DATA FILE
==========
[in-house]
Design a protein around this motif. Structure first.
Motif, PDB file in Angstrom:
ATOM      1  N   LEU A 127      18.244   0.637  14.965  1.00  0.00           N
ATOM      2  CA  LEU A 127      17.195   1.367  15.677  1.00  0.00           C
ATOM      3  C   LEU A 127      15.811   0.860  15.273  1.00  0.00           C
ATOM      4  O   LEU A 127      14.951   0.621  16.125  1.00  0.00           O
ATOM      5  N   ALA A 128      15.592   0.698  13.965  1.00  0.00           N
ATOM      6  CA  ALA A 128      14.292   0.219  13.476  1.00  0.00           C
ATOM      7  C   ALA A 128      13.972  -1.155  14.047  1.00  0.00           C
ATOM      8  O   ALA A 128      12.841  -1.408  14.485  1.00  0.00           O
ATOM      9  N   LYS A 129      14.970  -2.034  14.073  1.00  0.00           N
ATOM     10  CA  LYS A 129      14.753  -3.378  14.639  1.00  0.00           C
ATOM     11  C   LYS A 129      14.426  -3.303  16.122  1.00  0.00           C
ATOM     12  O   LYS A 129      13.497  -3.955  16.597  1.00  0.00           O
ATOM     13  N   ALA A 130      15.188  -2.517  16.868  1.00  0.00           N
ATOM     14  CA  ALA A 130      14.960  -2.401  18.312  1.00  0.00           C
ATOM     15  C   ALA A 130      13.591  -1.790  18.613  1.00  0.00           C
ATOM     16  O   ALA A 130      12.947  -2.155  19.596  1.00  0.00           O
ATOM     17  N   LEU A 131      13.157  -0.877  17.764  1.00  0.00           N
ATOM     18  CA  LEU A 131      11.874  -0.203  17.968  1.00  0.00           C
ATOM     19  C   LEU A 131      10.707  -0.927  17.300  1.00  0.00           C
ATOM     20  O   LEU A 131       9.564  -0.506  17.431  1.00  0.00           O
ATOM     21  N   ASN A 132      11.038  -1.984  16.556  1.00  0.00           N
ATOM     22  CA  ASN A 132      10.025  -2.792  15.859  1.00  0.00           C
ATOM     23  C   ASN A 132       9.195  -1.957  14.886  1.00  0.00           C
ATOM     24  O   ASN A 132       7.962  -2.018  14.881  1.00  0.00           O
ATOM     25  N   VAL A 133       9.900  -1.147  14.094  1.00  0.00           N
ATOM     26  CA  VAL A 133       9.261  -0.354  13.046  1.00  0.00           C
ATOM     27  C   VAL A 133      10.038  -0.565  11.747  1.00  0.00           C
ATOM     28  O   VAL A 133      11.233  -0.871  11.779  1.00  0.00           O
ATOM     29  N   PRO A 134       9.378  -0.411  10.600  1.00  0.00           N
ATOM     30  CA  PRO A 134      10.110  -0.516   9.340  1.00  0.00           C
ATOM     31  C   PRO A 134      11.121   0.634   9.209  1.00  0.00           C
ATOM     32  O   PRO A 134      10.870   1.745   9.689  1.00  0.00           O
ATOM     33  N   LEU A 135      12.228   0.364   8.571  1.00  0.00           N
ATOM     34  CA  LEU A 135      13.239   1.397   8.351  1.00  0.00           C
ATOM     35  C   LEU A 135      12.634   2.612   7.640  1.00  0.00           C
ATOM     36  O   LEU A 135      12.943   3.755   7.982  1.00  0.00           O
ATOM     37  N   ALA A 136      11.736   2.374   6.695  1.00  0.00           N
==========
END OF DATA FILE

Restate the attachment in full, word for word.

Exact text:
[in-house]
Design a protein around this motif. Structure first.
Motif, PDB file in Angstrom:
ATOM      1  N   LEU A 127      18.244   0.637  14.965  1.00  0.00           N
ATOM      2  CA  LEU A 127      17.195   1.367  15.677  1.00  0.00           C
ATOM      3  C   LEU A 127      15.811   0.860  15.273  1.00  0.00           C
ATOM      4  O   LEU A 127      14.951   0.621  16.125  1.00  0.00           O
ATOM      5  N   ALA A 128      15.592   0.698  13.965  1.00  0.00           N
ATOM      6  CA  ALA A 128      14.292   0.219  13.476  1.00  0.00           C
ATOM      7  C   ALA A 128      13.972  -1.155  14.047  1.00  0.00           C
ATOM      8  O   ALA A 128      12.841  -1.408  14.485  1.00  0.00           O
ATOM      9  N   LYS A 129      14.970  -2.034  14.073  1.00  0.00           N
ATOM     10  CA  LYS A 129      14.753  -3.378  14.639  1.00  0.00           C
ATOM     11  C   LYS A 129      14.426  -3.303  16.122  1.00  0.00           C
ATOM     12  O   LYS A 129      13.497  -3.955  16.597  1.00  0.00           O
ATOM     13  N   ALA A 130      15.188  -2.517  16.868  1.00  0.00           N
ATOM     14  CA  ALA A 130      14.960  -2.401  18.312  1.00  0.00           C
ATOM     15  C   ALA A 130      13.591  -1.790  18.613  1.00  0.00           C
ATOM     16  O   ALA A 130      12.947  -2.155  19.596  1.00  0.00           O
ATOM     17  N   LEU A 131      13.157  -0.877  17.764  1.00  0.00           N
ATOM     18  CA  LEU A 131      11.874  -0.203  17.968  1.00  0.00           C
ATOM     19  C   LEU A 131      10.707  -0.927  17.300  1.00  0.00           C
ATOM     20  O   LEU A 131       9.564  -0.506  17.431  1.00  0.00           O
ATOM     21  N   ASN A 132      11.038  -1.984  16.556  1.00  0.00           N
ATOM     22  CA  ASN A 132      10.025  -2.792  15.859  1.00  0.00           C
ATOM     23  C   ASN A 132       9.195  -1.957  14.886  1.00  0.00           C
ATOM     24  O   ASN A 132       7.962  -2.018  14.881  1.00  0.00           O
ATOM     25  N   VAL A 133       9.900  -1.147  14.094  1.00  0.00           N
ATOM     26  CA  VAL A 133       9.261  -0.354  13.046  1.00  0.00           C
ATOM     27  C   VAL A 133      10.038  -0.565  11.747  1.00  0.00           C
ATOM     28  O   VAL A 133      11.233  -0.871  11.779  1.00  0.00           O
ATOM     29  N   PRO A 134       9.378  -0.411  10.600  1.00  0.00           N
ATOM     30  CA  PRO A 134      10.110  -0.516   9.340  1.00  0.00           C
ATOM     31  C   PRO A 134      11.121   0.634   9.209  1.00  0.00           C
ATOM     32  O   PRO A 134      10.870   1.745   9.689  1.00  0.00           O
ATOM     33  N   LEU A 135      12.228   0.364   8.571  1.00  0.00           N
ATOM     34  CA  LEU A 135      13.239   1.397   8.351  1.00  0.00           C
ATOM     35  C   LEU A 135      12.634   2.612   7.640  1.00  0.00           C
ATOM     36  O   LEU A 135      12.943   3.755   7.982  1.00  0.00           O
ATOM     37  N   ALA A 136      11.736   2.374   6.695  1.00  0.00           N